Getting started

As an initial overview, thanks to Greg Breen from AWS, is this YouTube video in which Ali Benfattoum describes putting these together. This video from December 2020 is now slightly out of date with the AWS Console (things move pretty quickly), but you can follow along easily enough.

The first thing I did was update the installed Raspian. A new major release has come out, so an apt-get update && apt-get dist-upgrade is in order. Some CA certificates have expired (in the chain of) one of the repositories listed in /etc/apt/apt.sources.d/, so a little bit of work to get this amenable. A quick reboot (having updated the Raspian OS) and I dutifully pulled in git as described in the above video, cloned the Lorawan BasicStation, and built it (make).

I found that the Gateway device registered exactly as shown in the video, and showed up with no problems. However, my radio devices weren’t attaching. Well, turns out there was a process running on the gateway for The Things Network, which had exclusive access to the local Lora radio. So I stopped that process, repeated, and data flowed through. Knowing I didn’t want that TTN process to restart, I found its SystemD config file in /etc/systemd/, and removed it (well, copied it away to my home directory).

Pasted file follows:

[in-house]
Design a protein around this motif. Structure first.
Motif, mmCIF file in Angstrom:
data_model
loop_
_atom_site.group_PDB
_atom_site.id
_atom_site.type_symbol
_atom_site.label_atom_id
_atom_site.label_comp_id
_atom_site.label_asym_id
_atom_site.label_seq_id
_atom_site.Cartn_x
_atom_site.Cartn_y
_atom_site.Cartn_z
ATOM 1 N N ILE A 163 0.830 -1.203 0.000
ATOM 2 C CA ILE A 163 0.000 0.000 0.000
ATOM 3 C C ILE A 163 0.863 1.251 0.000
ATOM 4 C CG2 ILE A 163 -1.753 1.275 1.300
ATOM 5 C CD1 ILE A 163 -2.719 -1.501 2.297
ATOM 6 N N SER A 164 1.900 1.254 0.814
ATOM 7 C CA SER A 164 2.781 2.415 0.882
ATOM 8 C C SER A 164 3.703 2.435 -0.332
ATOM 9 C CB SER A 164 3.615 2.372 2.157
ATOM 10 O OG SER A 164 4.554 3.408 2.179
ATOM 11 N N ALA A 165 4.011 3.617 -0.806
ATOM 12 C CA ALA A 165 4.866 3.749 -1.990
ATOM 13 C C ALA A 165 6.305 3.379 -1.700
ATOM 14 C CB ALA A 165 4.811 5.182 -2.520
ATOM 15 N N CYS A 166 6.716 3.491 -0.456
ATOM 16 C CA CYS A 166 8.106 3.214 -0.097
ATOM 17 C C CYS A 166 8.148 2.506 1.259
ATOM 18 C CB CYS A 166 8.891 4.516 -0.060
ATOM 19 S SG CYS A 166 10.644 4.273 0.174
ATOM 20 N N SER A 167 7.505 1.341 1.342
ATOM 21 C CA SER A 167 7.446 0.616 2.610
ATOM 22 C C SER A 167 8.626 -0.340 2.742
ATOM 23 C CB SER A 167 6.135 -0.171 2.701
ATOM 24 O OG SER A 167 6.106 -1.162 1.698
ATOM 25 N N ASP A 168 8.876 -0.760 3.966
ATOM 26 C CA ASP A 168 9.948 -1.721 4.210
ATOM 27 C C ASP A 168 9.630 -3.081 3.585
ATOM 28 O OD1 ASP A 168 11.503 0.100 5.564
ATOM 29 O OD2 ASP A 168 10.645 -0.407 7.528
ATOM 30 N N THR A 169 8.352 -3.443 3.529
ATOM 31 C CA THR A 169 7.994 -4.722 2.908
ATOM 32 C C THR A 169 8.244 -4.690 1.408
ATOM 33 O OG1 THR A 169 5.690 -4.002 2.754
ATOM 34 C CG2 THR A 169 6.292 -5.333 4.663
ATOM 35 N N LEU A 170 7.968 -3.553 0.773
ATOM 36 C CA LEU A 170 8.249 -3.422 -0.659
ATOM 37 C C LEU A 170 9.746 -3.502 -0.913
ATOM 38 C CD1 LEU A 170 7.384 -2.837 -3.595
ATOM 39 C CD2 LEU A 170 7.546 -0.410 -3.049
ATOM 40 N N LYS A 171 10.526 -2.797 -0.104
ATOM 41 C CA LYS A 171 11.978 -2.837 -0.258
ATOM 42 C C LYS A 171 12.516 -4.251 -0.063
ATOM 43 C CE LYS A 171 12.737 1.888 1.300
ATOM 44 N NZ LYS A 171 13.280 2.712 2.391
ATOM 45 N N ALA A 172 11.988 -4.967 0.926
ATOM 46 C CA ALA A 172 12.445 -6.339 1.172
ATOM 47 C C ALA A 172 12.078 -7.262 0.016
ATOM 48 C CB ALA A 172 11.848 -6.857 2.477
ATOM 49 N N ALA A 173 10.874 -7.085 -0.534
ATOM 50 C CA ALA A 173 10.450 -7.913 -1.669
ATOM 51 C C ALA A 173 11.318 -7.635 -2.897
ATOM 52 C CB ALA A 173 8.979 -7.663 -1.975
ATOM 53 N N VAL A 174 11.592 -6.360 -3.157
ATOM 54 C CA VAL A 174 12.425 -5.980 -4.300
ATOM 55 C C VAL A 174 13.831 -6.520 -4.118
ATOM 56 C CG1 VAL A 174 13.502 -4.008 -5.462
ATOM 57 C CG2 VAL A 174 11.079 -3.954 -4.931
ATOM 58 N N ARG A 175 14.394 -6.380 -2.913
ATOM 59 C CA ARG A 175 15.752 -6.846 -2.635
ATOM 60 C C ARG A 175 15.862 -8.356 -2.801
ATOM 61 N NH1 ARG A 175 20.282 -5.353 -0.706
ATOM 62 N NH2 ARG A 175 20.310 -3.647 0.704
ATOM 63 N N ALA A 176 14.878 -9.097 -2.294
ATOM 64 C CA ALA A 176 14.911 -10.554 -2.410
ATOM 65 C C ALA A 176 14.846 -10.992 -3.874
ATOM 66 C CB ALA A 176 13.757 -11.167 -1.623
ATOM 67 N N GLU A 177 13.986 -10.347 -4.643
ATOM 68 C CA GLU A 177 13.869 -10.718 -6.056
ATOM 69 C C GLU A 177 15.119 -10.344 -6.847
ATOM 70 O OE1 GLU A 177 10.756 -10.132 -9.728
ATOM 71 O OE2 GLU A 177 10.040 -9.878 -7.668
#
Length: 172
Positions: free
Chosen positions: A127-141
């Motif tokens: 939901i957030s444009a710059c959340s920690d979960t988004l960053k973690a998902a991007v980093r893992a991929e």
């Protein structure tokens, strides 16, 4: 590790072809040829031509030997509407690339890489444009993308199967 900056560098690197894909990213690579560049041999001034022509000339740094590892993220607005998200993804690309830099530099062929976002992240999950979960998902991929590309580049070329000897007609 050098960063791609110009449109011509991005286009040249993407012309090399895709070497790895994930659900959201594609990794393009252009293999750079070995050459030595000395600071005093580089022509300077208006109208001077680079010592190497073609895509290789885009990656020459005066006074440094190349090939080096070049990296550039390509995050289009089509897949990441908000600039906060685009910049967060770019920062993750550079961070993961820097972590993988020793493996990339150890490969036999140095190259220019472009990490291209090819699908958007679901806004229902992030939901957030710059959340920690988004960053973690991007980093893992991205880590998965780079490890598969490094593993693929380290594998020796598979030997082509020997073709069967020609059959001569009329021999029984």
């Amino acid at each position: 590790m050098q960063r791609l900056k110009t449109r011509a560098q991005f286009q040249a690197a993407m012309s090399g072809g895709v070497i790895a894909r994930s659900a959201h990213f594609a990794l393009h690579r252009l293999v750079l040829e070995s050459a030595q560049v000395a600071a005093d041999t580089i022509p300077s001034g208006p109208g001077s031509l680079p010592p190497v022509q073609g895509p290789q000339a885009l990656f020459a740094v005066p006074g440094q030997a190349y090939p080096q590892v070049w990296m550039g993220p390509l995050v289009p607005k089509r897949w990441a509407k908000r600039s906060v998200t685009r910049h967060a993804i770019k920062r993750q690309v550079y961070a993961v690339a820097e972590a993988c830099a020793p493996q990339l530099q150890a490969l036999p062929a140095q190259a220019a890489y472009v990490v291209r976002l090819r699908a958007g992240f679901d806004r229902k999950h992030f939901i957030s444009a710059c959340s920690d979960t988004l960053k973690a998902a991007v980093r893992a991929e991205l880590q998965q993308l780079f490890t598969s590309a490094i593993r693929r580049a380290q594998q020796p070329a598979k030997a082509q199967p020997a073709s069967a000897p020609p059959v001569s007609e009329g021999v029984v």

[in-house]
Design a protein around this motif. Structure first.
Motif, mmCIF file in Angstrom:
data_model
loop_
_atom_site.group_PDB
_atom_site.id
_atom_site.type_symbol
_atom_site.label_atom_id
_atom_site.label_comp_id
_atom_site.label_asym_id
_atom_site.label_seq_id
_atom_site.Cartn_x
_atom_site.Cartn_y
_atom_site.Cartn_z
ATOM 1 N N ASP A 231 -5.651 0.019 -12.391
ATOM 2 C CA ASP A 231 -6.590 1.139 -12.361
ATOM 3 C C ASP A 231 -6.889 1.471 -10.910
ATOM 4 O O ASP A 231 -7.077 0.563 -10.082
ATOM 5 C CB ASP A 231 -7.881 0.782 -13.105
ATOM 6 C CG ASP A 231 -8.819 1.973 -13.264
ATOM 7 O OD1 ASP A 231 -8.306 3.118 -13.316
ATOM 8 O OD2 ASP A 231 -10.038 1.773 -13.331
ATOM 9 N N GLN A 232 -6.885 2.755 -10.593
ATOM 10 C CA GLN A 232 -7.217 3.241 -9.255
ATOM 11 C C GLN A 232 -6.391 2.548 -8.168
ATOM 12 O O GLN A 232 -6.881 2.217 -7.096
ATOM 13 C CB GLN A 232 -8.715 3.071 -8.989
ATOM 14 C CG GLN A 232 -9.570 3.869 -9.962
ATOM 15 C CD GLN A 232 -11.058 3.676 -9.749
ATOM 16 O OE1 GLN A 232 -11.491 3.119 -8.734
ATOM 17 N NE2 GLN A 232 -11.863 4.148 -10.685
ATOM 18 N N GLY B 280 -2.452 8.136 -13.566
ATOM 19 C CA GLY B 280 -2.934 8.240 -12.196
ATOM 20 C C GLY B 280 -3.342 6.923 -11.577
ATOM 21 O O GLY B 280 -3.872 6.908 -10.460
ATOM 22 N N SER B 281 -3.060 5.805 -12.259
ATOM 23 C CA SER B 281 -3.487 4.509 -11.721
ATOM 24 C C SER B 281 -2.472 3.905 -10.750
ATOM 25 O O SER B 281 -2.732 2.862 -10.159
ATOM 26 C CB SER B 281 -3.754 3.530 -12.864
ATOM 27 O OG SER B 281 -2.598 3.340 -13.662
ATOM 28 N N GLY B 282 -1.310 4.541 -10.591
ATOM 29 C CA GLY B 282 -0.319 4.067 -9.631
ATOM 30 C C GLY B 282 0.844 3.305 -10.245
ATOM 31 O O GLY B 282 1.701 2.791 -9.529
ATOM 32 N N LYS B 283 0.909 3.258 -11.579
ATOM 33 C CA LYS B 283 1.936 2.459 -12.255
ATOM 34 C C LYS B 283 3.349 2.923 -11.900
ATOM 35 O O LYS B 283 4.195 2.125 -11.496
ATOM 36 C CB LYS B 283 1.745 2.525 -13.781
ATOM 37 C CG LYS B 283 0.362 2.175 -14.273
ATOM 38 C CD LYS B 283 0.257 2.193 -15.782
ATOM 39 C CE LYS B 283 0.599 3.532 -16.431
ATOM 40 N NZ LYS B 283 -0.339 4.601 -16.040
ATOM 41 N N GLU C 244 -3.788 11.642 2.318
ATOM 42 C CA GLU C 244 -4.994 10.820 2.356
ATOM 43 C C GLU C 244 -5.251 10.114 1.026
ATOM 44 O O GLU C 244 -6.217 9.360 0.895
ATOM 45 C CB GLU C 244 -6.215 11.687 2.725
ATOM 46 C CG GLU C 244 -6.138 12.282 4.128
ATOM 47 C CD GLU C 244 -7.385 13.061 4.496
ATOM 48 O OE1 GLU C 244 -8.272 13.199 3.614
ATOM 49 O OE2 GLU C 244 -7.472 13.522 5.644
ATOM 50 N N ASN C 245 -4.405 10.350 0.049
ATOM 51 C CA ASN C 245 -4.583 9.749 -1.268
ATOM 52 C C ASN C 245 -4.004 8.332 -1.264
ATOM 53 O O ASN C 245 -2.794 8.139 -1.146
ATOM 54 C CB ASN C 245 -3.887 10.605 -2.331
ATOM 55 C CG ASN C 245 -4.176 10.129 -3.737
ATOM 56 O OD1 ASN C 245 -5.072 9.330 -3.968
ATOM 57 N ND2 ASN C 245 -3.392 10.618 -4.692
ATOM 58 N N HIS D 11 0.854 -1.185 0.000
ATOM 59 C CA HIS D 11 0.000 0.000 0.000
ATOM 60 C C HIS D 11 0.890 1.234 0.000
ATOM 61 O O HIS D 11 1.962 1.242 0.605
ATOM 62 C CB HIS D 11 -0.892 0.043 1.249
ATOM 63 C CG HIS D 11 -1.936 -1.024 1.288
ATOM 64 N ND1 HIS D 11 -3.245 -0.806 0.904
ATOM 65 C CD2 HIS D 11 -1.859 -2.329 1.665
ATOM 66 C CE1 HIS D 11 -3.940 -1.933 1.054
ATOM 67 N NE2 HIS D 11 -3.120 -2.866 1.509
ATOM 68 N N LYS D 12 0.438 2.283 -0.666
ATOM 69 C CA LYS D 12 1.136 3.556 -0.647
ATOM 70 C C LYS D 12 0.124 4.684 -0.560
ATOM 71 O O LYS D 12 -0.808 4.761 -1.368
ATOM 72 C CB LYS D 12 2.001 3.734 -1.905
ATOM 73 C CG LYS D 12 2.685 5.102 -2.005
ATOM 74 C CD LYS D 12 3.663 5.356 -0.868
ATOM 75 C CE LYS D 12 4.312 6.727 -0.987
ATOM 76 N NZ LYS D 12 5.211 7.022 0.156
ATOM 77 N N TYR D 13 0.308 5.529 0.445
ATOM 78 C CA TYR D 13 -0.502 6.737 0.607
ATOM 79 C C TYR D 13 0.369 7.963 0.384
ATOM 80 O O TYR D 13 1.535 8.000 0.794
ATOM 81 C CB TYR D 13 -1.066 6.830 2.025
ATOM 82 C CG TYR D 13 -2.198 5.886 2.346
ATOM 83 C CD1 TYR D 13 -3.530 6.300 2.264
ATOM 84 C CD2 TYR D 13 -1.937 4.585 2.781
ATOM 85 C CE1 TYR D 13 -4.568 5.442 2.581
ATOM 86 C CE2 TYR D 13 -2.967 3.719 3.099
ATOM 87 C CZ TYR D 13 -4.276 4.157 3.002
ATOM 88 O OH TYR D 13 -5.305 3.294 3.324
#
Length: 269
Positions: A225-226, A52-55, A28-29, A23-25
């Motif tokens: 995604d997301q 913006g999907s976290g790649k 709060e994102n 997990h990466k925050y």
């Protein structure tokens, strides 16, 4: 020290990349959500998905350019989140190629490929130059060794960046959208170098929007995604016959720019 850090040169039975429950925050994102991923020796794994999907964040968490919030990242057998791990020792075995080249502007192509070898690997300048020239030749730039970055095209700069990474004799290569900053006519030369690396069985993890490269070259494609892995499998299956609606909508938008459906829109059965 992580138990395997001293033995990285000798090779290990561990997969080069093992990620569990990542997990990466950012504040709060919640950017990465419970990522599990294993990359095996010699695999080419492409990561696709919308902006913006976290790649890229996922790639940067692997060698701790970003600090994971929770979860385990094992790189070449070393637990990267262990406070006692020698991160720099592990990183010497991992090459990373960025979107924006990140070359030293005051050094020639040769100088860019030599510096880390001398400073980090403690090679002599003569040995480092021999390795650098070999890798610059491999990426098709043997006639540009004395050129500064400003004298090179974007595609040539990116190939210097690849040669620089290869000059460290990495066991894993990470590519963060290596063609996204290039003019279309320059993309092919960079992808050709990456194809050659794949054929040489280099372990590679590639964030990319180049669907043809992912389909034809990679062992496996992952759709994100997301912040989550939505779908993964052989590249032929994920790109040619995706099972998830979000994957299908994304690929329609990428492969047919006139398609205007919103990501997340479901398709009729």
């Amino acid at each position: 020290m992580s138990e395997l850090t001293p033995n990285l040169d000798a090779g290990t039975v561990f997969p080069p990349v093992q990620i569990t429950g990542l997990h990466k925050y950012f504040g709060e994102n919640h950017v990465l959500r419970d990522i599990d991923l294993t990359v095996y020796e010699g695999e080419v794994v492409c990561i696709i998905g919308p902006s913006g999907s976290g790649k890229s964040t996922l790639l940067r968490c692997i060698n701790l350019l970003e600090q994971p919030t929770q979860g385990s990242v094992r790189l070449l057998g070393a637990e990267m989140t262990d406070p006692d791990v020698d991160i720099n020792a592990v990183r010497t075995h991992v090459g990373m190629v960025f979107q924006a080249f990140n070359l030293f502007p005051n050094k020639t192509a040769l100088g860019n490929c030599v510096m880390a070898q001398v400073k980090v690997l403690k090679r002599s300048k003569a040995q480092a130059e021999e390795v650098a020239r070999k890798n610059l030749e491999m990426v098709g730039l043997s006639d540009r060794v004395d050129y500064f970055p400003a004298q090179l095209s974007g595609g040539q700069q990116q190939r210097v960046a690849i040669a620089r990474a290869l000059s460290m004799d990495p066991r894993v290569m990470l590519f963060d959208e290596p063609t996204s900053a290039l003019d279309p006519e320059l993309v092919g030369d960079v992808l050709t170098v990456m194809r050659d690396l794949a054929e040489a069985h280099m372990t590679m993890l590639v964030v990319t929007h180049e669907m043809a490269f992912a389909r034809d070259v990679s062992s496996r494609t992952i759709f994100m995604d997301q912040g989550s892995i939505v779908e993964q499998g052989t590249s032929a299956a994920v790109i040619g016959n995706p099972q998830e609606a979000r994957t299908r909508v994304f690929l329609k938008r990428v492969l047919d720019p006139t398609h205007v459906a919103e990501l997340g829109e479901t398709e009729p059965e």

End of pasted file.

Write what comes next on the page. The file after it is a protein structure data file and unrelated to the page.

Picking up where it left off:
The first hurdle

I rebooted the device overnight, and the next day went to restart the basic station service from the command line. But no matter what, it couldn’t turn on the local Lorawan radio.

I lucked upon a post that suggested the radio have a GPO pin reset, and that it was either pin 25 or 17 that would do the trick. Hence, I had this small script that I called

gpioset --mode=time --usec=500 pinctrl-bcm2835 17=1
gpioset --mode=time --usec=500 pinctrl-bcm2835 17=0

I ran this, and then the radio reset! Browsing through posts it appears that the basicstation doesn’t initalise or reset the radio; I can only presume that the TTN daemon did, and when I initially killed it and fired up basicstation, the radio was good to go. So rule now is reset the radio as part of the initalisation of basicstation; I found basicstation has support for a command line argument to call the above script.

Given I want basicstation to start and connect on boot, it needed its own startup script in /etc/system.d/system/:


ExecStart=/home/pi/basicstation/build-rpi-std/bin/station --radio-init=/home/pi/


Note I also put a symlink to this in /etc/systemd/system/

The other optimisation I did was to go into the WiFi settings for this little device, in /etc/wpa_supplicant/. I want to list a few networks (and preshared keys/passwords) that I want the device to just connect to. Hence my /etc/wpa_supplicant/wpa_supplicant.conf file now looks like: